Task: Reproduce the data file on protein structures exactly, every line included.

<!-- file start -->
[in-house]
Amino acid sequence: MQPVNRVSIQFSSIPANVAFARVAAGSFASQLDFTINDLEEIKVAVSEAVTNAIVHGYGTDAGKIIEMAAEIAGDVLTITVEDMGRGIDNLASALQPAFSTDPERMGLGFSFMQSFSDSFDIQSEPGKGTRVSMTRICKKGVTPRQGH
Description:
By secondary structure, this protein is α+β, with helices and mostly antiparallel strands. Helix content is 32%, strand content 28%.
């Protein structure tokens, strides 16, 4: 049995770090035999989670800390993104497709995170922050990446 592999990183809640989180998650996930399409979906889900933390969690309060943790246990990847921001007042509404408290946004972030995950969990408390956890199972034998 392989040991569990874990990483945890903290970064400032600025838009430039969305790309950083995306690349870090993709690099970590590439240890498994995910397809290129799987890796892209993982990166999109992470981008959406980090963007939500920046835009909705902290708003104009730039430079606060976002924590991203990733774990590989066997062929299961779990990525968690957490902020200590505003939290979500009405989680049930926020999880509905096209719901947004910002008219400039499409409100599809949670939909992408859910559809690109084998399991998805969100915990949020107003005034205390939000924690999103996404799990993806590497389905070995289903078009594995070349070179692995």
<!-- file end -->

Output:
[in-house]
Amino acid sequence: MQPVNRVSIQFSSIPANVAFARVAAGSFASQLDFTINDLEEIKVAVSEAVTNAIVHGYGTDAGKIIEMAAEIAGDVLTITVEDMGRGIDNLASALQPAFSTDPERMGLGFSFMQSFSDSFDIQSEPGKGTRVSMTRICKKGVTPRQGH
Description:
By secondary structure, this protein is α+β, with helices and mostly antiparallel strands. Helix content is 32%, strand content 28%.
């Protein structure tokens, strides 16, 4: 049995770090035999989670800390993104497709995170922050990446 592999990183809640989180998650996930399409979906889900933390969690309060943790246990990847921001007042509404408290946004972030995950969990408390956890199972034998 392989040991569990874990990483945890903290970064400032600025838009430039969305790309950083995306690349870090993709690099970590590439240890498994995910397809290129799987890796892209993982990166999109992470981008959406980090963007939500920046835009909705902290708003104009730039430079606060976002924590991203990733774990590989066997062929299961779990990525968690957490902020200590505003939290979500009405989680049930926020999880509905096209719901947004910002008219400039499409409100599809949670939909992408859910559809690109084998399991998805969100915990949020107003005034205390939000924690999103996404799990993806590497389905070995289903078009594995070349070179692995």